Ill over Racism in the Healthcare Debate

| Wed Sep. 16, 2009 3:58 PM EDT

Yesterday, my friend Megan admitted she was racist. Today, I'm admitting I am, too. We both took Harvard's implicit association test on racial preferences, and we both got the same result.

IAT: IAT

Interesting and disturbing, isn't it? 

So what's the big deal with race these days, anyway? First Sonia Sotomayor was racist. Then there was the whole Henry Louis Gates ordeal, where Gates was racist, the cop who arrested him was racist and the neighbor who called the cops was racist too. Then Fox News' Glenn Beck lost more than half his advertising dollars after he called Obama a racist.

And now the same insult has resurfaced in the health care debate. Earlier this week Tea Party leader appeared on CNN and called Obama a "racist-in-chief." Jimmy Carter's now calling Joe Wilson's outburst and similar personal attacks on Obama racist, and—check this out—even your baby is racist, according to Newsweek's cover story this week.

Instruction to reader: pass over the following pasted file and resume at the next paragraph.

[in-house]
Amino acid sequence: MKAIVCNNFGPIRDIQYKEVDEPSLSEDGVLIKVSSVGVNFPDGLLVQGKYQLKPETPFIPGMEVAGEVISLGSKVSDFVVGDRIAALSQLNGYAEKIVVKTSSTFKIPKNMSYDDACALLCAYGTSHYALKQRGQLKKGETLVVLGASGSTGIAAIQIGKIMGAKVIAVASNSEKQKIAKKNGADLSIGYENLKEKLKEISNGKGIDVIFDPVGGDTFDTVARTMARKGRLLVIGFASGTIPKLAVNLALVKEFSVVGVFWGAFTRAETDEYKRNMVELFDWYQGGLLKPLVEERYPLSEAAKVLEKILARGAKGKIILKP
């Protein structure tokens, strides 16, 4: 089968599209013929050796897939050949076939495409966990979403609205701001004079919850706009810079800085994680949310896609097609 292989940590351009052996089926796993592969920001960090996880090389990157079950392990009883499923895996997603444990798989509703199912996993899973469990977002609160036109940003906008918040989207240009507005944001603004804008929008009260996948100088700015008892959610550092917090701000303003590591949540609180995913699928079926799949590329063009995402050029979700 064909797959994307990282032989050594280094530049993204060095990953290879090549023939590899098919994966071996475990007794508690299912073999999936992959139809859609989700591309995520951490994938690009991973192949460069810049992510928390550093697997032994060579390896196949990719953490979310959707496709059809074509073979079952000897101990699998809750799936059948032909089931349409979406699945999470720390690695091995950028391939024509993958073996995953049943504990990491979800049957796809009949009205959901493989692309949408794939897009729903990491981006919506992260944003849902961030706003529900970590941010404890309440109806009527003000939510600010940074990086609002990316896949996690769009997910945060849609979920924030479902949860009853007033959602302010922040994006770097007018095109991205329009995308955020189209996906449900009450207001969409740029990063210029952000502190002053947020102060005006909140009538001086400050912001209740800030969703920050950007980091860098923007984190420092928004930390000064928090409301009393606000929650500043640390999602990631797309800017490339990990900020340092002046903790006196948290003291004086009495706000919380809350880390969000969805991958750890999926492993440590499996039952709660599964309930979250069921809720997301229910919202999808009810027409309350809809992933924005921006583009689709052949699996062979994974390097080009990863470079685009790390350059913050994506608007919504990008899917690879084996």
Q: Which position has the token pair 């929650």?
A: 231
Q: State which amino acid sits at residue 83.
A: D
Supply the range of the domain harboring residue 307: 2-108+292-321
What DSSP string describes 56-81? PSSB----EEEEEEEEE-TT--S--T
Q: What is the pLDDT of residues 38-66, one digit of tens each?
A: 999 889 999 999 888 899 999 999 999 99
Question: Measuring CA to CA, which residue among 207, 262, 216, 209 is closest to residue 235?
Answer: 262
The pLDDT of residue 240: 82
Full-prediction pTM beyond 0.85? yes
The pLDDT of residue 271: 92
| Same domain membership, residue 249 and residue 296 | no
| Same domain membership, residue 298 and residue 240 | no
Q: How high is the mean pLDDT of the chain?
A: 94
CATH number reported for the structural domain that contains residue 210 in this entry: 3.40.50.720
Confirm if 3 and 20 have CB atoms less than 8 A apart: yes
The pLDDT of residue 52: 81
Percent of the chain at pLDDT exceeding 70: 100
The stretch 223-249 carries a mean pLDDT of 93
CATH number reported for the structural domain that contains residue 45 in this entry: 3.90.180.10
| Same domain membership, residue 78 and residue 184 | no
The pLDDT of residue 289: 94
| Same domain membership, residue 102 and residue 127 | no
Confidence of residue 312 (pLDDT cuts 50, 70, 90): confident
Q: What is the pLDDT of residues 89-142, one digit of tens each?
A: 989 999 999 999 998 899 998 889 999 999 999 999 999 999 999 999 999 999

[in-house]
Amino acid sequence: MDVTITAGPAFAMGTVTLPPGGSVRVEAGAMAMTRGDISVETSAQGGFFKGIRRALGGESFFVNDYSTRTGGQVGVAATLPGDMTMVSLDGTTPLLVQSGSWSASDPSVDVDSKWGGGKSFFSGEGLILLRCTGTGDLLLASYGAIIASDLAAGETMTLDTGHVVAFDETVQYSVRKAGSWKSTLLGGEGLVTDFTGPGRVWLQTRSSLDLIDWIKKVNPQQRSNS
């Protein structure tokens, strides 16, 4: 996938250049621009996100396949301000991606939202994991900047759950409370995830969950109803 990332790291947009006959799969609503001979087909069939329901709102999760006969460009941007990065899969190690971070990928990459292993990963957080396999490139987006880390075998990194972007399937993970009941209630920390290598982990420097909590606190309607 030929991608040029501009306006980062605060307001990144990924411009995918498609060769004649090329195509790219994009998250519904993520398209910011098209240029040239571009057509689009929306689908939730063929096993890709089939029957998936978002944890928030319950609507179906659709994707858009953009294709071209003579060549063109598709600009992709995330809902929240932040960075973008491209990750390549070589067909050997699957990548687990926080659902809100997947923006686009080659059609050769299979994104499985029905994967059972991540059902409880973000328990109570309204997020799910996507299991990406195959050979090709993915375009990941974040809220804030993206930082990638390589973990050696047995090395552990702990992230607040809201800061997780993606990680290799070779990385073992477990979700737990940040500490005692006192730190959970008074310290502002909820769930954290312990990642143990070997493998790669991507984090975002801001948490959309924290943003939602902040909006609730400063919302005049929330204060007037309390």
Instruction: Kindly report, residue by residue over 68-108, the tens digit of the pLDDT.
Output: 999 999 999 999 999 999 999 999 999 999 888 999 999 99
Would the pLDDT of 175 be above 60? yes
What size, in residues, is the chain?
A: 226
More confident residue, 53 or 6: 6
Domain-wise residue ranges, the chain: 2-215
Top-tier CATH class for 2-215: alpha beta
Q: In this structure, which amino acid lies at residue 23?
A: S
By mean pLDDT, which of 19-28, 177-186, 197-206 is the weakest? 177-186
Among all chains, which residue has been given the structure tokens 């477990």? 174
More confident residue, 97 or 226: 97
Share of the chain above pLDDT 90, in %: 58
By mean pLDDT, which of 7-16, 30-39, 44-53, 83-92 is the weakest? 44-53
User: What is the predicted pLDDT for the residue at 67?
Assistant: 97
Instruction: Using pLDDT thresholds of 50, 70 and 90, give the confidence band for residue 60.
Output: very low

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Some post-racial era we're in, if "racist" is our country's favorite insult. Right after socialist and Hitler.

What does race have to do with all this anger over healthcare, anyway? Our lawmakers and political commentators are so busy calling each other racists and reverse racists, we now have a healthcare bill introduced that Ezra Klein is calling the worst policy "possibly in the world," and one that effectively encourages discrimination against hiring low-income workers.

And while we're talking race and healthcare, let's look at the stats that matter: A 2008 CDC survey found that 30 percent of Hispanics, 17 percent of blacks and 10 percent of whites do not have health insurance.

Individual racial discrimination is one thing. Systemic discrimination—racial, socioeconomic, or otherwise—is a whole 'nother animal. Perhaps if our lawmakers (and our friends on cable news) stopped looking at each other for the slightest hint of discrimination, we'd have a more equitable bill to talk about.

Plus, if people are interested in calling out individual racists, they should just take the implicit association test. It takes 10 minutes and would spare the rest of the country—black, white, or any shade in between—from feeling any sicker in this rather unhealthy debate.

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